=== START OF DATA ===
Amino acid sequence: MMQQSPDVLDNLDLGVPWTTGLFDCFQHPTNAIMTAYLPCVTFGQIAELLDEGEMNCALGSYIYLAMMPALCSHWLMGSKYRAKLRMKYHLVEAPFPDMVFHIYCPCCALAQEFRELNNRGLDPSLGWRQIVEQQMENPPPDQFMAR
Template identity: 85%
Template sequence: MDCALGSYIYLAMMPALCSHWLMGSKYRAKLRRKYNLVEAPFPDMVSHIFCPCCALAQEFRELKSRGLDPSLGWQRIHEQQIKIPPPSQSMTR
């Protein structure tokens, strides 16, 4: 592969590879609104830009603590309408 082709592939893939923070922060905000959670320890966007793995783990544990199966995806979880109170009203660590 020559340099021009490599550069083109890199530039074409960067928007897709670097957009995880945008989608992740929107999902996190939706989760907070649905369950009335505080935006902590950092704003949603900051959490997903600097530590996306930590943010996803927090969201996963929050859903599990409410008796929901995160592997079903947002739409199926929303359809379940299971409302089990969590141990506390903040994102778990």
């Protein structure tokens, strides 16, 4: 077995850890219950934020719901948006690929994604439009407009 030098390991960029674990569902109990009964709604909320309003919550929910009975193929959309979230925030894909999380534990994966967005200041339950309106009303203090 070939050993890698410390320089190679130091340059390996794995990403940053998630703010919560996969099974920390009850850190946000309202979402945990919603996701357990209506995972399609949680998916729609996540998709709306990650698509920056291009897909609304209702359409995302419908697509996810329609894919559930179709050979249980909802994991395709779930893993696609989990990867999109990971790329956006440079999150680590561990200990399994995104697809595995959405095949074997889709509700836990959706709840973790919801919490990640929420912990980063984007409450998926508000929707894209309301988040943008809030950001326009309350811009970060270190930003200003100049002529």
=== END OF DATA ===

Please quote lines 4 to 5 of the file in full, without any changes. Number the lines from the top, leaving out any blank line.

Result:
């Protein structure tokens, strides 16, 4: 592969590879609104830009603590309408 082709592939893939923070922060905000959670320890966007793995783990544990199966995806979880109170009203660590 020559340099021009490599550069083109890199530039074409960067928007897709670097957009995880945008989608992740929107999902996190939706989760907070649905369950009335505080935006902590950092704003949603900051959490997903600097530590996306930590943010996803927090969201996963929050859903599990409410008796929901995160592997079903947002739409199926929303359809379940299971409302089990969590141990506390903040994102778990």
């Protein structure tokens, strides 16, 4: 077995850890219950934020719901948006690929994604439009407009 030098390991960029674990569902109990009964709604909320309003919550929910009975193929959309979230925030894909999380534990994966967005200041339950309106009303203090 070939050993890698410390320089190679130091340059390996794995990403940053998630703010919560996969099974920390009850850190946000309202979402945990919603996701357990209506995972399609949680998916729609996540998709709306990650698509920056291009897909609304209702359409995302419908697509996810329609894919559930179709050979249980909802994991395709779930893993696609989990990867999109990971790329956006440079999150680590561990200990399994995104697809595995959405095949074997889709509700836990959706709840973790919801919490990640929420912990980063984007409450998926508000929707894209309301988040943008809030950001326009309350811009970060270190930003200003100049002529």